NEW YORK — A recommendation on the sale of the Sacramento Kings and their possible move to Seattle could be issued next week and a final decision made early next month, ending a process NBA commissioner David Stern called the most “wrenching” of his career.
The committee reviewing the bids by the Seattle and Sacramento contingents is expected to meet late next week and make its recommendation. A vote by the full NBA Board of Governors could happen as soon as the week of May 6. Stern indicated the owners first will decide whether they would be willing to approve relocation.
Stern also said the Sacramento bid financially is “in the ballpark” with the deal from a Seattle group headed by Chris Hansen.
The Maloof family, which owns a majority stake in the Kings, disputed that in a letter to the advisory and finance committee.
Obtained by The Associated Press, the Maloofs’ letter, dated April 17, said the Sacramento group originally matched the $525 million valuation for the franchise to which Hansen agreed. Last week, Hansen increased the valuation offer to $550 million.
The Maloofs said the Sacramento group has asked not to enter into a binding agreement until the Seattle deal is terminated. The Maloofs said that would be a breach of contract and cost them the “leverage to aggressively renegotiate terms
in the event the existing agreement is terminated.”
“Based on these factors … we and our advisors see no reason to continue any dialogue with the Sacramento group or to give any further consideration to negotiating backup offers based on its latest non-binding proposal,” the letter said.
Stern said a decision must be made in time so the team’s placard can say Seattle — which lost the SuperSonics to Oklahoma City in 2008 — or Sacramento when it reports to New York for the May 21 draft lottery.
He said owners are “deliberating quite conservatively and deliberately” because the league has not faced anything like this battle between the two West Coast cities.
“This has been wrenching,” Stern said, adding that “it’s the only time in the last 37, 47 years that I haven’t known the answer.”
The Maloofs reached an agreement in January to sell a 65 percent controlling interest in the Kings to Hansen’s group at the total franchise valuation of $525 million. Hansen then increased his offer to $550 million, which implies paying about $357 million for the Maloofs’ 65 percent.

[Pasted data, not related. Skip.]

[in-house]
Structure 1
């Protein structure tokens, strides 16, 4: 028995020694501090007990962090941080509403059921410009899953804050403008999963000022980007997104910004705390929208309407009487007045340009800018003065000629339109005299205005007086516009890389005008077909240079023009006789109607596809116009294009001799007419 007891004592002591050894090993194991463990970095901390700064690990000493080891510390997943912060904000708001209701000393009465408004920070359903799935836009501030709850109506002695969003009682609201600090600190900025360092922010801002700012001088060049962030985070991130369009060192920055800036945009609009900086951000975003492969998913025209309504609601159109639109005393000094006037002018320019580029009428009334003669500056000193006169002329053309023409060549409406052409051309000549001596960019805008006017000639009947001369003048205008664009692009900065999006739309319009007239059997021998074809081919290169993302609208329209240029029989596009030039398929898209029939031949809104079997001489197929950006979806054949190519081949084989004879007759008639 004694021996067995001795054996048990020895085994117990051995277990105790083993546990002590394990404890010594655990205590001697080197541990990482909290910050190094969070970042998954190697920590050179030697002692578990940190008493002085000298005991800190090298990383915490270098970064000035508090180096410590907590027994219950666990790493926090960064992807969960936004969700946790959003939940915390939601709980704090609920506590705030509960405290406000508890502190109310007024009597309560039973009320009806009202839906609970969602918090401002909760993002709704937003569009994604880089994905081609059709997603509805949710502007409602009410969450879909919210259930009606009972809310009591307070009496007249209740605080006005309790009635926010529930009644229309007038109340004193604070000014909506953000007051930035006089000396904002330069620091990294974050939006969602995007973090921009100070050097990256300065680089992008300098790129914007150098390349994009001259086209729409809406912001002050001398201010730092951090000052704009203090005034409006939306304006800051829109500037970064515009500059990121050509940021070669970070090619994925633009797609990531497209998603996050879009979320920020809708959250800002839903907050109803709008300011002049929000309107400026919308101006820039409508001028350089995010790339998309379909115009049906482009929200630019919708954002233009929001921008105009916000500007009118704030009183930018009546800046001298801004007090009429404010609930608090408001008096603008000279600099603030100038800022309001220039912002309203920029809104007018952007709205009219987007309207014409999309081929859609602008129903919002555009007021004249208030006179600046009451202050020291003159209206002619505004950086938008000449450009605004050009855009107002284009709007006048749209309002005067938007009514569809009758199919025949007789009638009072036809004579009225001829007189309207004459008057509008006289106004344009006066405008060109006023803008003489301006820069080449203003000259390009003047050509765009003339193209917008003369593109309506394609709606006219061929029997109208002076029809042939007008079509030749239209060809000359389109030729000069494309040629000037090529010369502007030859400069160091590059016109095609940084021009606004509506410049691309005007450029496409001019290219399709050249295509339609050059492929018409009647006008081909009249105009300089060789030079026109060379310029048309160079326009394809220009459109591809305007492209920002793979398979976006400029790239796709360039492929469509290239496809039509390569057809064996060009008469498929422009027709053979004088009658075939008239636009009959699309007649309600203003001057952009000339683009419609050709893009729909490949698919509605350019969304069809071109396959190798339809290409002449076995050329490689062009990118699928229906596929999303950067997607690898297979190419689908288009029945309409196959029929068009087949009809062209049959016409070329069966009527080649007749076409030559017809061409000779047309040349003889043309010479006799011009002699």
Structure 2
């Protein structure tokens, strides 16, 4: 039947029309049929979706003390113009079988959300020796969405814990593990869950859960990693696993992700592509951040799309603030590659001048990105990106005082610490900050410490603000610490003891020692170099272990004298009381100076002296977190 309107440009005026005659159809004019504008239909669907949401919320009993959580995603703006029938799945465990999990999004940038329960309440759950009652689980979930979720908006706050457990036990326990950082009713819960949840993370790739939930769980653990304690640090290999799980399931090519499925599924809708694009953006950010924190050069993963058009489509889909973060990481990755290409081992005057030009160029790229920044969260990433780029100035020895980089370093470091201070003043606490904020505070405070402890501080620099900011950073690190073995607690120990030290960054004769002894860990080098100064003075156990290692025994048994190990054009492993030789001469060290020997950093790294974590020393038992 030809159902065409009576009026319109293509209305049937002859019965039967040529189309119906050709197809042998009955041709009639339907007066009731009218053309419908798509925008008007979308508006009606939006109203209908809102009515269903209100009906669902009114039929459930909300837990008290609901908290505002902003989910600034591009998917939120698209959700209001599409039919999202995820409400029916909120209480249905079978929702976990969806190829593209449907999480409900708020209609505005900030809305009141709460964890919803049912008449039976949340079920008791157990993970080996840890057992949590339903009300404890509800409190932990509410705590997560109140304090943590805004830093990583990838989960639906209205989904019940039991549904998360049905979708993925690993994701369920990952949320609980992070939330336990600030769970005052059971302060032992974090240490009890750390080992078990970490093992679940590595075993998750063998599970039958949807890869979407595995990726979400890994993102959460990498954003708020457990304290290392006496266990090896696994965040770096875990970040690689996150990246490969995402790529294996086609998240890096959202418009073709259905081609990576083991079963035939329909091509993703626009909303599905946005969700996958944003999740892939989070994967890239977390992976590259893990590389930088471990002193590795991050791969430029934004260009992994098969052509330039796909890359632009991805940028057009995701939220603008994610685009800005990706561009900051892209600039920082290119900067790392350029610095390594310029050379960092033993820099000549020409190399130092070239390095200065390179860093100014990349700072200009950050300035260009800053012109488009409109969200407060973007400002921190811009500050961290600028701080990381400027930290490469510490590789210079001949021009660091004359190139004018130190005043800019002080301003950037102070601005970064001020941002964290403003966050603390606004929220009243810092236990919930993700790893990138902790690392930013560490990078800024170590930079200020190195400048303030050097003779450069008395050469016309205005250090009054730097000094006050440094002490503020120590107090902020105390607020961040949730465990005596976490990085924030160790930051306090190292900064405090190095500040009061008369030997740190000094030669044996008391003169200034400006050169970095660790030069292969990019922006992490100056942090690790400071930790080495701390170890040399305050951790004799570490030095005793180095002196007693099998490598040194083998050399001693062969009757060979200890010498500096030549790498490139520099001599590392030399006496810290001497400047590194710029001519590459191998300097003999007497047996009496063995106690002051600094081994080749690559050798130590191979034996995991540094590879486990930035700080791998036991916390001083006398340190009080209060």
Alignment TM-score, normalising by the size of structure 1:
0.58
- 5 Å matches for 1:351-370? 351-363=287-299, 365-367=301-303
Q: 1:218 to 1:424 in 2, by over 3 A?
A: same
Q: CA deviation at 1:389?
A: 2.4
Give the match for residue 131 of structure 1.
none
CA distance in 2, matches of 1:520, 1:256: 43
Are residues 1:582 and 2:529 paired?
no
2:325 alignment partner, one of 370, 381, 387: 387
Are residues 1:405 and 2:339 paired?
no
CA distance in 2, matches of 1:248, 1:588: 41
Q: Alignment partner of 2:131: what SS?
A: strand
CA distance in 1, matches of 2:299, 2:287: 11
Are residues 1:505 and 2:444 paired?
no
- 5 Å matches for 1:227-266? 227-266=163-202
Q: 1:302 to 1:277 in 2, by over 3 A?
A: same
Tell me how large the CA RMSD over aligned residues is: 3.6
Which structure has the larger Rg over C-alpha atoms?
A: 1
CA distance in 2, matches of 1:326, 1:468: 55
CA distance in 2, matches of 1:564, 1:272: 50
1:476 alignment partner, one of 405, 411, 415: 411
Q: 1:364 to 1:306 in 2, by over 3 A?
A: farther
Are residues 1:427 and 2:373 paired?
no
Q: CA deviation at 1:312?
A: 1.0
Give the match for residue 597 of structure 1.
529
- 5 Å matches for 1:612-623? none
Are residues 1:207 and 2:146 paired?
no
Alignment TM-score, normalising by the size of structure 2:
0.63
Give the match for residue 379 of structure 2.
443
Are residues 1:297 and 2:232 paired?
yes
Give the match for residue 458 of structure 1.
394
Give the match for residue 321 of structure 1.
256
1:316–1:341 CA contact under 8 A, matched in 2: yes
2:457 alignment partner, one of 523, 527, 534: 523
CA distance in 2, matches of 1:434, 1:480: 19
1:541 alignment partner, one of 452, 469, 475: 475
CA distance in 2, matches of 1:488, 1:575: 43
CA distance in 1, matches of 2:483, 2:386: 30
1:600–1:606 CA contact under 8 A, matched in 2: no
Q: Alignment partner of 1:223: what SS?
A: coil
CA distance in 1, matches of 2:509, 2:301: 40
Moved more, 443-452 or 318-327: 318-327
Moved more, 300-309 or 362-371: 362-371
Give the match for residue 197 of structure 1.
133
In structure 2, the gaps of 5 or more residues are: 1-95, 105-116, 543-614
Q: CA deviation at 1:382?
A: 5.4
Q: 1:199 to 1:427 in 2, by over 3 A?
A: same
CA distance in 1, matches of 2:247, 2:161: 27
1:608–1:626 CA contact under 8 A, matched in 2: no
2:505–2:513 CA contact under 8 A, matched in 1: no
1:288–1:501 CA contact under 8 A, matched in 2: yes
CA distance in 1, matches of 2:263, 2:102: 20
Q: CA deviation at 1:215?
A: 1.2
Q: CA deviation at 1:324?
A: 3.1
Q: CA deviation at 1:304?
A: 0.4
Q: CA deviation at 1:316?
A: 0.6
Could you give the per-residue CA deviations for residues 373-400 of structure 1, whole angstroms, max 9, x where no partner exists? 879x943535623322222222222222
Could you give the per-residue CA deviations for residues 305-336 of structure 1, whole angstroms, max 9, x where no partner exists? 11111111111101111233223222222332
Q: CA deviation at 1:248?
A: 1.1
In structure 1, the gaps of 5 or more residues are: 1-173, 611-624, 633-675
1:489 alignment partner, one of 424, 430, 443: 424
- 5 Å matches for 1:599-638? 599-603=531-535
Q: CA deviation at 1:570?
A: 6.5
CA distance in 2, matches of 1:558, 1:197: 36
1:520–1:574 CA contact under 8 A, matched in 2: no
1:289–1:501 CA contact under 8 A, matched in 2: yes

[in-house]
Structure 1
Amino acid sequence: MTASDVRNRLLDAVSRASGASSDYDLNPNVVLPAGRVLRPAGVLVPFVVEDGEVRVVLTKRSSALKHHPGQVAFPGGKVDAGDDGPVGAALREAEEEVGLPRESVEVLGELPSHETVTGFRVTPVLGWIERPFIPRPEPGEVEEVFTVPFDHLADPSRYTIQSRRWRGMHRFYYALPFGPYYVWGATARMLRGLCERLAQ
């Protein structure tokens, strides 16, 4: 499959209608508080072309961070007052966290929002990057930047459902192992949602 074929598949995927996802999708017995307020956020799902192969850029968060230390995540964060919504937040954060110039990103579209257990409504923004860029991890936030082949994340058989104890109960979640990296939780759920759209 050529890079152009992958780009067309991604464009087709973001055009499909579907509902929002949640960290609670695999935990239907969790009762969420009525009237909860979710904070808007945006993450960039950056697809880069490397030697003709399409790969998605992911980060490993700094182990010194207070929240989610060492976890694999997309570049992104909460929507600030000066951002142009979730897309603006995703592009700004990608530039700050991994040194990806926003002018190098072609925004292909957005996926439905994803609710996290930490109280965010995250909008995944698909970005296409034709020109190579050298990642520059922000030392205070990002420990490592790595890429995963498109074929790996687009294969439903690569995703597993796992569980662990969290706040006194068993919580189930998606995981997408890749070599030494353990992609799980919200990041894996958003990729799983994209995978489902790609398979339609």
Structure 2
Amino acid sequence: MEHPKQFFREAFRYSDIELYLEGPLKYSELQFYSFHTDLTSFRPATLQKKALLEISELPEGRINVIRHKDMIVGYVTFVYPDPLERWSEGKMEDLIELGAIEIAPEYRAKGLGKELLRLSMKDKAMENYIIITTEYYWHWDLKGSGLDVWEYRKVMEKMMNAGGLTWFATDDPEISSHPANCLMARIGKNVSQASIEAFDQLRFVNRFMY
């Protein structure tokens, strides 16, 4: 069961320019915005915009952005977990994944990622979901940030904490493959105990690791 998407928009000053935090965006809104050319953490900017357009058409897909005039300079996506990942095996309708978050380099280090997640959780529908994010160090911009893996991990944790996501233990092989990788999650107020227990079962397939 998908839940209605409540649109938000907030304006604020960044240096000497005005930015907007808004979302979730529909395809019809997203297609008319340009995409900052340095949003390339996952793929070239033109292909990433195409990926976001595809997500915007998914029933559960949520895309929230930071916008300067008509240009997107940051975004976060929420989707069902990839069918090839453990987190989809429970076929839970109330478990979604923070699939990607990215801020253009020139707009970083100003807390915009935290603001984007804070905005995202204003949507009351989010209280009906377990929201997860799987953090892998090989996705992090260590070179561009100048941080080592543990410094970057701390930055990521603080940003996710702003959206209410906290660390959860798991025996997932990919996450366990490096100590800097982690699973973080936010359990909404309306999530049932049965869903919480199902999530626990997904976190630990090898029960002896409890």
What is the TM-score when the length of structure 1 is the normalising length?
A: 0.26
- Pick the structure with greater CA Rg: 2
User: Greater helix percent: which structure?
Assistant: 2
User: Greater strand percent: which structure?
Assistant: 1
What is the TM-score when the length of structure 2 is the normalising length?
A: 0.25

Stern has said expansion is not an option right now. The Board of Governors, comprising all 30 NBA owners, was briefed on the matter during meetings Thursday and Friday. The committee reviewing the bids also met Wednesday.
If a vote happens in the next couple of weeks, the Seattle group needs 23 of 30 owners to approve the sale. A simple majority — 16 votes — is needed to approve relocation.
“There’s no attempt to get any unanimity,” Stern said. “There’s only an attempt to get answers to every possible, any possible question that various owners have, and then they’ll vote however they vote, period.”
The commissioner previously said the sale of the Kings would not become a bidding war. And yet, a bidding war is what seems to have broken out.
Hansen put down a $30 million non-refundable deposit, while the Sacramento group has offered $15 million, the Maloofs’ letter said.
The Maloofs also have expressed concern to fellow NBA owners about the changes to Sacramento’s group, saying the reason new investors keep surfacing is because of a “lack of funds.”
Sacramento has fought back over the past three months to make the sale and relocation of the Kings a real debate. Mayor Kevin Johnson pushed a non-binding financing plan for a $447 million downtown arena through the Sacramento City Council — complete with a $258 million public subsidy — and lined up an ownership group to try to compete with the Seattle contingent.
The potential Sacramento ownership group is led by TIBCO software chairman Vivek Ranadive, who would sell his minority share of the Golden State Warriors if successful. Others who have joined the bid include 24 Hour Fitness founder Mark Mastrov, former Facebook senior executive Chris Kelly and the Jacobs family, which owns communications giant Qualcomm.
Ranadive and Mastrov were copied in the letter sent to the NBA committee.
Billionaire investor Ron Burkle, once a key cog in Sacramento’s group, had to back out of the bid two weeks ago because of a conflict of interest created by his stake in a company that manages some NBA players.